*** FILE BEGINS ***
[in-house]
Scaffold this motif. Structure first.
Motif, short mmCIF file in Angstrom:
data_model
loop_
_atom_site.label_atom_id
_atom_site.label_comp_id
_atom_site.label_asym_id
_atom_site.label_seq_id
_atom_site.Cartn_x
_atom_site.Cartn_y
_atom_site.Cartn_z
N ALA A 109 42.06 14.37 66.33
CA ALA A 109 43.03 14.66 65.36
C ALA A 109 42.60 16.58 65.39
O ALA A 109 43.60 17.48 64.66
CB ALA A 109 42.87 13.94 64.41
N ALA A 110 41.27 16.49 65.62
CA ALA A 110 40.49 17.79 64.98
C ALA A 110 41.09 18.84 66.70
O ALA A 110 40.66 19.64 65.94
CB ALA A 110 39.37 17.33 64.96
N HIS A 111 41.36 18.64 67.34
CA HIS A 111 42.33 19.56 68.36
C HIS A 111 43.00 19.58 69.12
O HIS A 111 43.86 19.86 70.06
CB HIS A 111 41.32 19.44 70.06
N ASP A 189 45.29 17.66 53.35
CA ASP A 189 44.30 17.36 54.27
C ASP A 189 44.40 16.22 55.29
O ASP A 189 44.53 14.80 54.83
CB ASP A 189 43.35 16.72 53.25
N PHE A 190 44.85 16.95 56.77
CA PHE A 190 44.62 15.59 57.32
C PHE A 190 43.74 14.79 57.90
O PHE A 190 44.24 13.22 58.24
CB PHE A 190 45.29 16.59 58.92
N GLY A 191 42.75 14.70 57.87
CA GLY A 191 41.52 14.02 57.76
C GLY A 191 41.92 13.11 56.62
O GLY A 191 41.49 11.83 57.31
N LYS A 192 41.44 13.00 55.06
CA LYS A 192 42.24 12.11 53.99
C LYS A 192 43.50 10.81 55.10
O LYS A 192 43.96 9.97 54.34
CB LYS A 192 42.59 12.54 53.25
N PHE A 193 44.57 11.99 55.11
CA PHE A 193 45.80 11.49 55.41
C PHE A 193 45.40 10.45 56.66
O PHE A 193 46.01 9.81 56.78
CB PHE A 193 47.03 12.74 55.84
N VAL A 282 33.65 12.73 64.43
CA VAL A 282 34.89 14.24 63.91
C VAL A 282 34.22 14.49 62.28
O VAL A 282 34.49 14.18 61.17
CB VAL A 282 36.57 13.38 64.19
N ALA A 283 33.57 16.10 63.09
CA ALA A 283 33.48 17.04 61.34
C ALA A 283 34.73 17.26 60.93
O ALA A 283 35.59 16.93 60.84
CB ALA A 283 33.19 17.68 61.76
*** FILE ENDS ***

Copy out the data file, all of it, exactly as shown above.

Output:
[in-house]
Scaffold this motif. Structure first.
Motif, short mmCIF file in Angstrom:
data_model
loop_
_atom_site.label_atom_id
_atom_site.label_comp_id
_atom_site.label_asym_id
_atom_site.label_seq_id
_atom_site.Cartn_x
_atom_site.Cartn_y
_atom_site.Cartn_z
N ALA A 109 42.06 14.37 66.33
CA ALA A 109 43.03 14.66 65.36
C ALA A 109 42.60 16.58 65.39
O ALA A 109 43.60 17.48 64.66
CB ALA A 109 42.87 13.94 64.41
N ALA A 110 41.27 16.49 65.62
CA ALA A 110 40.49 17.79 64.98
C ALA A 110 41.09 18.84 66.70
O ALA A 110 40.66 19.64 65.94
CB ALA A 110 39.37 17.33 64.96
N HIS A 111 41.36 18.64 67.34
CA HIS A 111 42.33 19.56 68.36
C HIS A 111 43.00 19.58 69.12
O HIS A 111 43.86 19.86 70.06
CB HIS A 111 41.32 19.44 70.06
N ASP A 189 45.29 17.66 53.35
CA ASP A 189 44.30 17.36 54.27
C ASP A 189 44.40 16.22 55.29
O ASP A 189 44.53 14.80 54.83
CB ASP A 189 43.35 16.72 53.25
N PHE A 190 44.85 16.95 56.77
CA PHE A 190 44.62 15.59 57.32
C PHE A 190 43.74 14.79 57.90
O PHE A 190 44.24 13.22 58.24
CB PHE A 190 45.29 16.59 58.92
N GLY A 191 42.75 14.70 57.87
CA GLY A 191 41.52 14.02 57.76
C GLY A 191 41.92 13.11 56.62
O GLY A 191 41.49 11.83 57.31
N LYS A 192 41.44 13.00 55.06
CA LYS A 192 42.24 12.11 53.99
C LYS A 192 43.50 10.81 55.10
O LYS A 192 43.96 9.97 54.34
CB LYS A 192 42.59 12.54 53.25
N PHE A 193 44.57 11.99 55.11
CA PHE A 193 45.80 11.49 55.41
C PHE A 193 45.40 10.45 56.66
O PHE A 193 46.01 9.81 56.78
CB PHE A 193 47.03 12.74 55.84
N VAL A 282 33.65 12.73 64.43
CA VAL A 282 34.89 14.24 63.91
C VAL A 282 34.22 14.49 62.28
O VAL A 282 34.49 14.18 61.17
CB VAL A 282 36.57 13.38 64.19
N ALA A 283 33.57 16.10 63.09
CA ALA A 283 33.48 17.04 61.34
C ALA A 283 34.73 17.26 60.93
O ALA A 283 35.59 16.93 60.84
CB ALA A 283 33.19 17.68 61.76